HOMELESS WORKING GROUP! (Jesus Prayer optional here.) "Well, Brownie, how's it going with shopping cart control?" "Gosh, Maureen, I saw a couple down on South State. We better get an in-service going to look for new paradigms, doncha think?"
HERE'S WHAT UKIAH may do, not that they're about to rush into anything without another hundred hours of intense working group discussion:
- Require business owners to have their name and contact information on each cart.
- Require business owners to notify the public that removal of the cart from store property is not allowed under any circumstances and that unauthorized possession of a shopping cart is a violation of state law.
- Require business owners to submit a “shopping cart plan” that details how they will comply ordinance, including “how a business will prevent removal of shopping carts from its premises, how any shopping carts that are removed will be retrieved and how the plan will be modified if these measures do not prove effective.”
NOTE HERE that it's all on the business owners, not the people who steal the carts. Ukiah might consider expanding this strategy to include other classes of crime victims. Maybe car theft could become the owner's fault for possessing a vehicle, the liquor store clerk automatically guilty of public drunkenness, domestic violence sufferers responsible for provoking their attackers. The beauty of making victims responsible for their victimization is that they have fixed addresses. They can easily be located and fined.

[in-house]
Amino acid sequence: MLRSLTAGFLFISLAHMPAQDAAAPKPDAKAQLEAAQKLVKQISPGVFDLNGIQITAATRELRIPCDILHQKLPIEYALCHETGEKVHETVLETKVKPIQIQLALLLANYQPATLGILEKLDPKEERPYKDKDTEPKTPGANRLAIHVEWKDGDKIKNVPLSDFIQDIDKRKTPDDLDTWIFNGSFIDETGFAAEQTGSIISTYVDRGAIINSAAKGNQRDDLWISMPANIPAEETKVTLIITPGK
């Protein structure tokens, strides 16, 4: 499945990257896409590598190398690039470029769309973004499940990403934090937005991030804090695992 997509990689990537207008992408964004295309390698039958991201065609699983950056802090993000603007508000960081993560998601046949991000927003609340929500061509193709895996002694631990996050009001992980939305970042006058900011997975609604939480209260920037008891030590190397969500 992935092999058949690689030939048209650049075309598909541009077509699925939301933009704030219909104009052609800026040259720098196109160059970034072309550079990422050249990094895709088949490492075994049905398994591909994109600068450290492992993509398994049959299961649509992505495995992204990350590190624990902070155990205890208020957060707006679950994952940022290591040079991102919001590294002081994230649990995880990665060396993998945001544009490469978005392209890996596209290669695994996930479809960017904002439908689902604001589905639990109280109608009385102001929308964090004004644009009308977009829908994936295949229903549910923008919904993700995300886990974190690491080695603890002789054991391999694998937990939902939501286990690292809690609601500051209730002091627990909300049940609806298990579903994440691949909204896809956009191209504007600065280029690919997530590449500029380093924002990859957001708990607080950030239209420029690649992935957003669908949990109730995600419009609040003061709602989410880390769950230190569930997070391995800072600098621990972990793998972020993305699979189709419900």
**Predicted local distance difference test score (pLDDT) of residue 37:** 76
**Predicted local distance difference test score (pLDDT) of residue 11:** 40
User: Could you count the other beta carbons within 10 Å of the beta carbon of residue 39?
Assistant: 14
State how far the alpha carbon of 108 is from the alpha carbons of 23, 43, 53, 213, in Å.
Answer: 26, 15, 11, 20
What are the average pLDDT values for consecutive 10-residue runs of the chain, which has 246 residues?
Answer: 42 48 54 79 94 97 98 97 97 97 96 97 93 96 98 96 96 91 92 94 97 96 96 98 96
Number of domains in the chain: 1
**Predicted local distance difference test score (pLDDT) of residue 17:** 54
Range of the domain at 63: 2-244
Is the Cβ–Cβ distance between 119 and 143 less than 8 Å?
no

I HAVE A COUPLE of ideas here that might be helpful. How about Ukiah-issued shopping carts, each with the name of a city councilman on it? "There goes a Scalmanini!" Or, "This cart sponsored by Jim Brown and the Democratic Central Committee of Mendocino County."
IF YOU LOOK carefully at the shopping carts already appropriated by the walking wounded, you will see some wonderfully innovative re-designs — third wheels, decorative pennants, upscale silk flowers. Ukiah could not only issue their own carts, sponsored by local luminaries, the town could award cash prizes to the best decorated cart! Hell, the City could even sponsor a shopping cart parade, thus putting some teeth in the 'far out' part of the town slogan, "Far out, nearby." (A consultant charged Ukiah twenty thou for that one. I was available for five.)
TEN MILE DUNES